Modern. I find myself with a large appetite for personal essays about the internet. A lot of them are ultimately negative. Famously, there’s Lindy West’s account of the troll who pretended to be her dead father to harass her online; also told in Shrill (2016) and on This American Life. West eventually quit twitter, though not because of that; plus, she has a happy life on instagram. Jia Tolentino’s Trick Mirror (2019) starts with an essay — “The I in the Internet” — describing how the performative construction of the self is pushed to the limits when faced with an ever present, internalized, and usually hostile audience. Not to mention, as Tolentino notes, the fact that internet hostility is deliberately manufactured to make money; we seem not to be drawn so much “to the puddles and blossoms of other people’s curiosity and expertise” (pp4-5) but choose instead to engage in an economy designed to thrive on the heightened emotional state of its users.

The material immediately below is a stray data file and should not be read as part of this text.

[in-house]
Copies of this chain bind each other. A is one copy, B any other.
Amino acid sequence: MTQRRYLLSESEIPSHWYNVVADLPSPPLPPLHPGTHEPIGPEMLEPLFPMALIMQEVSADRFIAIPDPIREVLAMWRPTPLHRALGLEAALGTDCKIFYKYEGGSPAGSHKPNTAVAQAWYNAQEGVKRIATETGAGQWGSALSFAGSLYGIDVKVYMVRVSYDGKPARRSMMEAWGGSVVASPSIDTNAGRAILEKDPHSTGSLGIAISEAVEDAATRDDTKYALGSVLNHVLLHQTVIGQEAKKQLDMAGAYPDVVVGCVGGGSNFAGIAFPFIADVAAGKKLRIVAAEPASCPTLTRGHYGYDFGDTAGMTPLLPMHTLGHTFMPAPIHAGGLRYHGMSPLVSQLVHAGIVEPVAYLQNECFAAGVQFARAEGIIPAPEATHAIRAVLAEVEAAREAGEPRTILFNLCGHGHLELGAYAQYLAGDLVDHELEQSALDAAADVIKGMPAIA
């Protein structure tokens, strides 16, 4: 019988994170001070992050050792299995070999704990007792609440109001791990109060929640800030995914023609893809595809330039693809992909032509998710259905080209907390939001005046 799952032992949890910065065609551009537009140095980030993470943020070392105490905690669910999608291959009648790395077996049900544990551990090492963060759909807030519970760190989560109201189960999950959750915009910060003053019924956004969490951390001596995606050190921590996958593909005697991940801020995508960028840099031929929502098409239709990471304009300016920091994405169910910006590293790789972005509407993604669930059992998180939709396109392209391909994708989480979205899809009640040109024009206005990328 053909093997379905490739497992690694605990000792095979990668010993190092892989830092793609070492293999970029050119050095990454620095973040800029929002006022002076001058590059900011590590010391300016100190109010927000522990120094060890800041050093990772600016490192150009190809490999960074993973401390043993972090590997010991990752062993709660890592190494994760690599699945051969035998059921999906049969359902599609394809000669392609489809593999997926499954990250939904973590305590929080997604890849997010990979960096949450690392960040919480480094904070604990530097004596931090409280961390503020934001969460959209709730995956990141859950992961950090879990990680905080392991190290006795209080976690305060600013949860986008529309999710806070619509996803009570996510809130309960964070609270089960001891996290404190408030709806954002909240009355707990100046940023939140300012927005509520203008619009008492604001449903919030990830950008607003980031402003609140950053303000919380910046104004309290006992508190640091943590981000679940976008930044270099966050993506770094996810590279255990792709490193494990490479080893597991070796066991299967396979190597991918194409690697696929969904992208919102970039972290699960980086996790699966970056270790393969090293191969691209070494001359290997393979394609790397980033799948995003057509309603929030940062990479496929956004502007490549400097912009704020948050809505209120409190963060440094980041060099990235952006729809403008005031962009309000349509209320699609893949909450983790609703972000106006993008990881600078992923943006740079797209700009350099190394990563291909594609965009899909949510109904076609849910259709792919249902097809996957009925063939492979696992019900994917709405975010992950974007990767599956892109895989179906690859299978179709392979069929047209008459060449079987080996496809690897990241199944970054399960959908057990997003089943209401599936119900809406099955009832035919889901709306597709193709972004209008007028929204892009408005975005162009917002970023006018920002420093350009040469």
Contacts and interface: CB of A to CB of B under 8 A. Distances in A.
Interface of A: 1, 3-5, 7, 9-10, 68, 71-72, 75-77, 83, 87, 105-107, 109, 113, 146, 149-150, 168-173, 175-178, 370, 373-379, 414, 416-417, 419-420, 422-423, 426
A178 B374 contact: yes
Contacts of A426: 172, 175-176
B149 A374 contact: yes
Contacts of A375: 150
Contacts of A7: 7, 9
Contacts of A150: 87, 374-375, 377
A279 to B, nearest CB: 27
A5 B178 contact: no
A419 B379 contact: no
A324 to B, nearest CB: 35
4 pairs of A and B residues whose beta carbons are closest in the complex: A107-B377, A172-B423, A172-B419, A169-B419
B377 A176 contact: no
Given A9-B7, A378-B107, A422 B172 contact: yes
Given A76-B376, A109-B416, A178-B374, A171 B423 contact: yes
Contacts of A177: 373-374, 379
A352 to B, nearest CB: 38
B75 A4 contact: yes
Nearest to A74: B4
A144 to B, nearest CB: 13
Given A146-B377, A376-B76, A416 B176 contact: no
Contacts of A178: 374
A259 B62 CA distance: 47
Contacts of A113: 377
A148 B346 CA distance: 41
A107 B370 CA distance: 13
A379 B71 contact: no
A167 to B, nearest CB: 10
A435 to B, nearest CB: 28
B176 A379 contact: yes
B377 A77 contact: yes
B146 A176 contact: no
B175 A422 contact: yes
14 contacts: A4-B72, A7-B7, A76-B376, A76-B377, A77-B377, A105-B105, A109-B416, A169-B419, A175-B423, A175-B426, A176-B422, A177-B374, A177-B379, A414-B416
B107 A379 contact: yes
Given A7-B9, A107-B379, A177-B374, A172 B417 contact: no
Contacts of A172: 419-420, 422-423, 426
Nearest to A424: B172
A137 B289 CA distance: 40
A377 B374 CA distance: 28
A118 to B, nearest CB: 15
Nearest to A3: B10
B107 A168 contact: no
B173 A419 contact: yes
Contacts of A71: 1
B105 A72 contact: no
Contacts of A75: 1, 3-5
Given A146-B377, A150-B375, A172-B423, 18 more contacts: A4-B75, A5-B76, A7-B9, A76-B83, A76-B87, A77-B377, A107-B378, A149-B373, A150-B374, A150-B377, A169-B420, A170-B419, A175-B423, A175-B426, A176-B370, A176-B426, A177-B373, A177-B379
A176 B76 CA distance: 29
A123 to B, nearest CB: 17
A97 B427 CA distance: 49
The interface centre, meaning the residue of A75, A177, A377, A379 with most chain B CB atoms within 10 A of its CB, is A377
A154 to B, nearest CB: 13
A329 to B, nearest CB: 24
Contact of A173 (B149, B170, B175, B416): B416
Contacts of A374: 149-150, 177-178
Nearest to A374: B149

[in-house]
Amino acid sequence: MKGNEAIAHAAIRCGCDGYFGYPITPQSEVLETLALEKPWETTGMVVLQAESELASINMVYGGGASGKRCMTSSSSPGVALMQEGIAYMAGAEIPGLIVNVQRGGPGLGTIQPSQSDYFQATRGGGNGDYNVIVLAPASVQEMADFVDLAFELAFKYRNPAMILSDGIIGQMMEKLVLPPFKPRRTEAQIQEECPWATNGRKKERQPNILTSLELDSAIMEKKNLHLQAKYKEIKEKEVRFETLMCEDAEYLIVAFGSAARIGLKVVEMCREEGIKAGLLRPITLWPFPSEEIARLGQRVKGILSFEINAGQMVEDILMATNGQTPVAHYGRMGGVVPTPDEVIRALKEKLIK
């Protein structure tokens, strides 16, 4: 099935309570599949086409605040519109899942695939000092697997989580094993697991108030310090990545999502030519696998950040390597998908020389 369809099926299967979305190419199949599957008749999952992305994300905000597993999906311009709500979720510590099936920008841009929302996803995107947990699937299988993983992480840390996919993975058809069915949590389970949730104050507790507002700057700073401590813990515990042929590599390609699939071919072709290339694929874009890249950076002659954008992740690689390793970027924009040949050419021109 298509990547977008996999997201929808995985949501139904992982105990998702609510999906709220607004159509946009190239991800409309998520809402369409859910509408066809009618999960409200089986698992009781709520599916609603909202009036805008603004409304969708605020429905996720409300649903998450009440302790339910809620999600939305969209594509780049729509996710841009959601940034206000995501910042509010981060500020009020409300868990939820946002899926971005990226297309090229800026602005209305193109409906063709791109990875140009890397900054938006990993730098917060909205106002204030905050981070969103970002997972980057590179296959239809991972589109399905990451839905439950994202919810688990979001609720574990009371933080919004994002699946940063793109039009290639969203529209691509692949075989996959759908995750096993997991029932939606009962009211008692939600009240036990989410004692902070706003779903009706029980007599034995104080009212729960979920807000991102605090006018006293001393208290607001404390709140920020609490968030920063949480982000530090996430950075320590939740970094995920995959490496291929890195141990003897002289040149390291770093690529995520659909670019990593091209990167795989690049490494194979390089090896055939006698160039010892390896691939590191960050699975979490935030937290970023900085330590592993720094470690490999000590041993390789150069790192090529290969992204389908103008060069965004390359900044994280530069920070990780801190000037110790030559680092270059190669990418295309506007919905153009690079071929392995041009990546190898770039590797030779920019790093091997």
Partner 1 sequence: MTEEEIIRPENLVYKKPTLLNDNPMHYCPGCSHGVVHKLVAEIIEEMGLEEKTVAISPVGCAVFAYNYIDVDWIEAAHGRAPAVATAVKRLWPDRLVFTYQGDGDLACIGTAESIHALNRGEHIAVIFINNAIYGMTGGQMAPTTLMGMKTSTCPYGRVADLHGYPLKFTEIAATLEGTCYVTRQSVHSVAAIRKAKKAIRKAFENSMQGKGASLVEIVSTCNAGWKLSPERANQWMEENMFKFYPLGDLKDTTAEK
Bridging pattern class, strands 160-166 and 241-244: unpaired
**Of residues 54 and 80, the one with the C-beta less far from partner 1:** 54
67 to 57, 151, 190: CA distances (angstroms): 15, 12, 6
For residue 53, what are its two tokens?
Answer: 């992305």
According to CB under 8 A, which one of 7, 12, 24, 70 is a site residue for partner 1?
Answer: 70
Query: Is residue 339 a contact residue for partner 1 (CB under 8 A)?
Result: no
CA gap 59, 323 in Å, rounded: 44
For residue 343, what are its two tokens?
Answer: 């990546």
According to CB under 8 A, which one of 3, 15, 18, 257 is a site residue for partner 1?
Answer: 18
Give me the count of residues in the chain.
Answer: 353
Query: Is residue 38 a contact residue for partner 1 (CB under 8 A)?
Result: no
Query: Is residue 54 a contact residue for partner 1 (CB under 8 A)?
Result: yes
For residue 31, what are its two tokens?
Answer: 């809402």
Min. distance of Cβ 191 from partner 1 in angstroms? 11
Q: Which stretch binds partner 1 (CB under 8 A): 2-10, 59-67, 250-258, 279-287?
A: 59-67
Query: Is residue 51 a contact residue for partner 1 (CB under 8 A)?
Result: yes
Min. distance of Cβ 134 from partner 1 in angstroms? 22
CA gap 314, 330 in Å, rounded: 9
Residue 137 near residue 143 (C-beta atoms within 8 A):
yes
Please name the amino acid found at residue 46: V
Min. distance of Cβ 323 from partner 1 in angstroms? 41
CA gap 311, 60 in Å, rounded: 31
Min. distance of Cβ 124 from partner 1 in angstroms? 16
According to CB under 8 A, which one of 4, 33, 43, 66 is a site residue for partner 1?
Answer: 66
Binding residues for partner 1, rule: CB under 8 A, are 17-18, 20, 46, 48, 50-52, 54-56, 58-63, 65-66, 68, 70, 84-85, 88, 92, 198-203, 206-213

Maeve Higgins is more optimistic. In the final essay — “The Golden Record” — of her most recent book, Maeve in America (2018), she describes the phonograph records carried by the Voyager spacecrafts launched in 1977. These 12-inch gold-plated copper disks hold sights and sounds carefully chosen to represent life on earth at that moment by a committee chaired by Carl Sagan. Voyager 1 and 2 have reached interstellar space; the images and sounds on the Golden Record can be played, as Sagan said, “only if there are advanced spacefaring civilizations in interstellar space.” For Higgens, instagram stories, which show videos and images on a feed that disappears after 24h, have something in common with the golden record. Hope, for one thing. Hope that someone will encounter the message and understand it: the golden records are inscribed with instructions on how to play the media contained within. Higgens writes (p239): “Today, with these images I get to share with anyone who cares to look, I am asking the question: Do you understand me now? Here is what I’m trying to tell you.